Alaska Folk Festival greatly appreciates the energy and talents each of our Performers brings to our stage. Without you this great event would not happen. For those of you new to the notion of a free, all volunteer festival, it is important to understand that we cannot and do not pay our Performers.
If you are interested in being a part of this week of music and community celebration, please read on and see what being a Performer involves. We welcome your application. Performer application forms will be available here on our website in late January or early February.
A: You do not need to be a member of the Alaska Folk Festival to perform, watch, jam, anything. The Alaska Folk Festival is free to performers and audience members, alike. BUT, being a member of the Alaska Folk Festival is, in fact, something that you should WANT to do. Here's why:
Many people still erroneously believe that since the Festival is free to come to, it must not cost anything to put on. Nothing could be further from the truth.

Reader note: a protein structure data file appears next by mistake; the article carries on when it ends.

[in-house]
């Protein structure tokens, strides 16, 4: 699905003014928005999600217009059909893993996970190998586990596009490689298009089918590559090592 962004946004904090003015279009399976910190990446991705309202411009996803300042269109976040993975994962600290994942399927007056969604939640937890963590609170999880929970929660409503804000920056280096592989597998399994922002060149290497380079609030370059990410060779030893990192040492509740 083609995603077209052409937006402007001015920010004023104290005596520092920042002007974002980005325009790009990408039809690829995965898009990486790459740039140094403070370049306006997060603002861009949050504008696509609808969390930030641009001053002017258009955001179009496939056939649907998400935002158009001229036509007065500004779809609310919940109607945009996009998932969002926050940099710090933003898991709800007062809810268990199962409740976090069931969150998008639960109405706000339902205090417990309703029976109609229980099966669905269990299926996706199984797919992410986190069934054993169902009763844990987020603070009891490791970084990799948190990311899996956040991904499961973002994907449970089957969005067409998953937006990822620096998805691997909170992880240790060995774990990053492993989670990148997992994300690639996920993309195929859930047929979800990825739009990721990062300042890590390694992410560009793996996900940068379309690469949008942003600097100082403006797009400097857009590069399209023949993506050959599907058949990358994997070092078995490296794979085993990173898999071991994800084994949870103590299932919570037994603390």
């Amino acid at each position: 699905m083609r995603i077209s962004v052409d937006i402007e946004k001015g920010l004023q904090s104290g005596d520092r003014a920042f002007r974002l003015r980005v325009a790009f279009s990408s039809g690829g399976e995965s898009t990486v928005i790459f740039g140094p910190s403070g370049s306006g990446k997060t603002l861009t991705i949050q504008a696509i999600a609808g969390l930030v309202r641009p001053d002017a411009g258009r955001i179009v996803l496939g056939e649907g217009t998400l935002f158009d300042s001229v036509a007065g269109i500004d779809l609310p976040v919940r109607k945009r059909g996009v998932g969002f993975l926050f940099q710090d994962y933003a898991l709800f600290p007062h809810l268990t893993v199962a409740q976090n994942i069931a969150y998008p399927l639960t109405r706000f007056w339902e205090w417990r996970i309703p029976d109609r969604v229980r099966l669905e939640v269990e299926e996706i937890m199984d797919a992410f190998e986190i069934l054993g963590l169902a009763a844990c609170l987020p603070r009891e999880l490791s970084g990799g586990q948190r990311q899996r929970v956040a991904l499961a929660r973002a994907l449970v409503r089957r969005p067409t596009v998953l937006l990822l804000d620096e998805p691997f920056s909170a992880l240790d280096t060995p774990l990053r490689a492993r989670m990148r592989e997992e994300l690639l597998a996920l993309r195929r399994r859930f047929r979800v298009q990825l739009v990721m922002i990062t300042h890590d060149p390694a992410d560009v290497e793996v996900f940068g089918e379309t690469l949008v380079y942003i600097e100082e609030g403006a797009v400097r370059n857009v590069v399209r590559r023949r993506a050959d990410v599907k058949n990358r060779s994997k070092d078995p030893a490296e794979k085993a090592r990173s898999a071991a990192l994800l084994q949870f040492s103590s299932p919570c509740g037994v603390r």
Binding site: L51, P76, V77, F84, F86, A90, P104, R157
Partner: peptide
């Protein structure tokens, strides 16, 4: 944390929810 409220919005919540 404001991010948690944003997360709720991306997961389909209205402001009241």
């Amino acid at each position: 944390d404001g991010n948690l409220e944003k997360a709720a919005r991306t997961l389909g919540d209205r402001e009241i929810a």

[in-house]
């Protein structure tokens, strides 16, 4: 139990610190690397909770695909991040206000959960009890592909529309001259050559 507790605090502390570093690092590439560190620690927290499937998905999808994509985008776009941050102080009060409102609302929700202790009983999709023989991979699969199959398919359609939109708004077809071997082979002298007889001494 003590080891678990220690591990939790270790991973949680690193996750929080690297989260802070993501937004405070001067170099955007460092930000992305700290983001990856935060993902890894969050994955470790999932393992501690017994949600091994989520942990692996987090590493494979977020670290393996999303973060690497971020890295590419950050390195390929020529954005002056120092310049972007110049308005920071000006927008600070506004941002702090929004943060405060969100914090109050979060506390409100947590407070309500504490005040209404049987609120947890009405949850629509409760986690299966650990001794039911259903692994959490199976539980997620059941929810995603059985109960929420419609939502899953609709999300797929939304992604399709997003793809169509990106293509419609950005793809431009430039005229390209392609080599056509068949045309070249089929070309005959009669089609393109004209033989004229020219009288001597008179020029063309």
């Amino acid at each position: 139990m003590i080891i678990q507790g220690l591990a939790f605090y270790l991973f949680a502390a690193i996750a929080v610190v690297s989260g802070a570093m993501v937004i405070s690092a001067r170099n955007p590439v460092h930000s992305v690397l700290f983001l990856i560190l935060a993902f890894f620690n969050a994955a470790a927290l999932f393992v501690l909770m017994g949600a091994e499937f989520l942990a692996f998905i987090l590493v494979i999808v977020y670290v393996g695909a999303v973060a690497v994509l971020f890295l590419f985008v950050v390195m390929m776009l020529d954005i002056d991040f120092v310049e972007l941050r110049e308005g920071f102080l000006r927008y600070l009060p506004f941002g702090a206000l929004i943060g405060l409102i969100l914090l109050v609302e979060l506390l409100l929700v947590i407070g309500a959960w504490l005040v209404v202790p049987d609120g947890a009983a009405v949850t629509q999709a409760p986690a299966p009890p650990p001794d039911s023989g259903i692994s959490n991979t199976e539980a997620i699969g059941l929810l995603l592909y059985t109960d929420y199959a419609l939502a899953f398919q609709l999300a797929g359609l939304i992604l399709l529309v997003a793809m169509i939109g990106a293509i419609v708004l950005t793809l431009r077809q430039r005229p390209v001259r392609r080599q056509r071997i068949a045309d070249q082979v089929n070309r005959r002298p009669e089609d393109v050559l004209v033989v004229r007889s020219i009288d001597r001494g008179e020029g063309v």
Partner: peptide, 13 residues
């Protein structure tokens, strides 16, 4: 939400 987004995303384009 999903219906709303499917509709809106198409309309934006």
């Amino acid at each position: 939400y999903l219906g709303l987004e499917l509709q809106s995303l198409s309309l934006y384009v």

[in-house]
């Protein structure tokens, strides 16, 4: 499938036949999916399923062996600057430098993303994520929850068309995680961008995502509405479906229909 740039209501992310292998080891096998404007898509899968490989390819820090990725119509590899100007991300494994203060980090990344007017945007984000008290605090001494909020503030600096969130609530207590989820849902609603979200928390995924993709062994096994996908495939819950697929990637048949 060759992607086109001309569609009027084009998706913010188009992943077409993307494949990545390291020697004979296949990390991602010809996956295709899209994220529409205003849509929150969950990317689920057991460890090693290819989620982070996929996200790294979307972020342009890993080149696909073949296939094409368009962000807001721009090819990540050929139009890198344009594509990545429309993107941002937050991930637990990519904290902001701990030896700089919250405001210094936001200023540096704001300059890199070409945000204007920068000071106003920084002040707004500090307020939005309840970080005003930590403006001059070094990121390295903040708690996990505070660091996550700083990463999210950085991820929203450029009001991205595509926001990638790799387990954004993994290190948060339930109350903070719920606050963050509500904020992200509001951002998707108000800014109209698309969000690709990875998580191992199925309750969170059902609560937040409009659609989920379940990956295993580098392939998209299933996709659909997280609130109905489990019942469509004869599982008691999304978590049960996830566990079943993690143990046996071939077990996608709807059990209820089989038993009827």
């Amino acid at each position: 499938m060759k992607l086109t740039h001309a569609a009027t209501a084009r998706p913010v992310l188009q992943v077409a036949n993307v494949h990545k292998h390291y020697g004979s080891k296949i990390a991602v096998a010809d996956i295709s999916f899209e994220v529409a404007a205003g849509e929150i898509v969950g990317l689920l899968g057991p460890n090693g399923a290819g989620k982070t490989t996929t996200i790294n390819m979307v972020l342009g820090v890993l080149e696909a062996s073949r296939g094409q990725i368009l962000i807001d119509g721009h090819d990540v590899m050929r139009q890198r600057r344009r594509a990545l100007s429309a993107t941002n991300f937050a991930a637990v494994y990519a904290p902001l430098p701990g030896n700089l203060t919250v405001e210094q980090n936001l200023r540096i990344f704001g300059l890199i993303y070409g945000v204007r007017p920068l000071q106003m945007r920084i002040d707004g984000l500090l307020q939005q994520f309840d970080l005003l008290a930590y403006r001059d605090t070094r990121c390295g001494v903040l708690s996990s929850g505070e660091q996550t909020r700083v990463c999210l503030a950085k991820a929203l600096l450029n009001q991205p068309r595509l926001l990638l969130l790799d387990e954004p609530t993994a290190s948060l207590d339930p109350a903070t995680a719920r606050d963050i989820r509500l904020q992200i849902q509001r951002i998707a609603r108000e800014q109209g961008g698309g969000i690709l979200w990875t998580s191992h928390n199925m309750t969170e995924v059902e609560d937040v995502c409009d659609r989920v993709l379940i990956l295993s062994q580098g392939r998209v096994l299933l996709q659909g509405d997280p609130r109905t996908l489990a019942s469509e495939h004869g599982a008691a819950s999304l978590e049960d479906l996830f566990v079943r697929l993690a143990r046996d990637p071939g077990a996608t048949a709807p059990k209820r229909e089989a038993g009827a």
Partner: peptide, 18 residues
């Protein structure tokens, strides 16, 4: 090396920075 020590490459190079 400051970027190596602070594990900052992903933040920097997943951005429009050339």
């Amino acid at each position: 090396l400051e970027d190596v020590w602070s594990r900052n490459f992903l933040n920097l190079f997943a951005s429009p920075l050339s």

The venue rentals and the Guest Artists (fee, travel, room and board) alone cost the Festival more than $20,000 (in 2003), for just those items. The Festival spends another $5,000+ on professional sound engineering, equipment rental, printing, etc. In addition we invest $15,000 or more in merchandise to sell at the Membership Table.
Memberships (of people like you and me) pay for most of the Festival costs, about 75% in fact. The remaining 25% of the Festival's expenses comes from Membership Table Merchandise income, from sales of tee-shirts, posters and such. Some income comes from concerts during the rest of the year. That's it. No grants.
In fact individual memberships supply about 75% of the money that goes to pay for the Festival, folks like you and I. Performers and audience members who love the should WANT to be a member. That's the only way to make sure there will be a next Alaska Folk Festival. $15 signs you up, though more is always helpful. There is a membership form on the web site.
Oh, in case you were wondering, the AFF Board is all volunteer. There is no paid AFF staff.
So, as a summation: the all volunteer AFF board (7 people) work their tails off for free for several months before the Festival organizing it; hundreds of folks (250+) volunteer to do the many tasks needing doing DURING the Festival; hundreds of people (800+ addresses) donate money by becoming members to help pay the expenses; performers (500+) come to play; and, voilá, we have the Alaska Folk Festival.